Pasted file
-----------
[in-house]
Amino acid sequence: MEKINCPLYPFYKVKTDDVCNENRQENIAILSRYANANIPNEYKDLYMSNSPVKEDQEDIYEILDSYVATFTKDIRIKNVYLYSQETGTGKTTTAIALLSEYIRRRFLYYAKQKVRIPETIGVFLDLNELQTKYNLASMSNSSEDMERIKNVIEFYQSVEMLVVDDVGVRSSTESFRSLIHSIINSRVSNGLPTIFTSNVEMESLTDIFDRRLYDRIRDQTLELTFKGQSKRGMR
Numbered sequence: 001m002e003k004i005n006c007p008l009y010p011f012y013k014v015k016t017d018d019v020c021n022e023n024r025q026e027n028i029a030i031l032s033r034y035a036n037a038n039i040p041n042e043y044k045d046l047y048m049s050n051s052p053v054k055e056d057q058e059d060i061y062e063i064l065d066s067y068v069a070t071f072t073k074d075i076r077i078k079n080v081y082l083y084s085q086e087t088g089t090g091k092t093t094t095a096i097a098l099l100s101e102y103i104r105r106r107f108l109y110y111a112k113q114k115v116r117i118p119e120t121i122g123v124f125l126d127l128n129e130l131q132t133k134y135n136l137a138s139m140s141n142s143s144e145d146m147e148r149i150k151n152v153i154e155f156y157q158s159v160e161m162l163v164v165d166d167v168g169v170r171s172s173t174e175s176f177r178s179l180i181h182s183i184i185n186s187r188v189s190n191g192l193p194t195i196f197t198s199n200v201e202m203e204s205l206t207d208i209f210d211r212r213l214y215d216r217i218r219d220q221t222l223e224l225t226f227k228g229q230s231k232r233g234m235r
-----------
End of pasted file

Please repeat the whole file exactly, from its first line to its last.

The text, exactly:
[in-house]
Amino acid sequence: MEKINCPLYPFYKVKTDDVCNENRQENIAILSRYANANIPNEYKDLYMSNSPVKEDQEDIYEILDSYVATFTKDIRIKNVYLYSQETGTGKTTTAIALLSEYIRRRFLYYAKQKVRIPETIGVFLDLNELQTKYNLASMSNSSEDMERIKNVIEFYQSVEMLVVDDVGVRSSTESFRSLIHSIINSRVSNGLPTIFTSNVEMESLTDIFDRRLYDRIRDQTLELTFKGQSKRGMR
Numbered sequence: 001m002e003k004i005n006c007p008l009y010p011f012y013k014v015k016t017d018d019v020c021n022e023n024r025q026e027n028i029a030i031l032s033r034y035a036n037a038n039i040p041n042e043y044k045d046l047y048m049s050n051s052p053v054k055e056d057q058e059d060i061y062e063i064l065d066s067y068v069a070t071f072t073k074d075i076r077i078k079n080v081y082l083y084s085q086e087t088g089t090g091k092t093t094t095a096i097a098l099l100s101e102y103i104r105r106r107f108l109y110y111a112k113q114k115v116r117i118p119e120t121i122g123v124f125l126d127l128n129e130l131q132t133k134y135n136l137a138s139m140s141n142s143s144e145d146m147e148r149i150k151n152v153i154e155f156y157q158s159v160e161m162l163v164v165d166d167v168g169v170r171s172s173t174e175s176f177r178s179l180i181h182s183i184i185n186s187r188v189s190n191g192l193p194t195i196f197t198s199n200v201e202m203e204s205l206t207d208i209f210d211r212r213l214y215d216r217i218r219d220q221t222l223e224l225t226f227k228g229q230s231k232r233g234m235r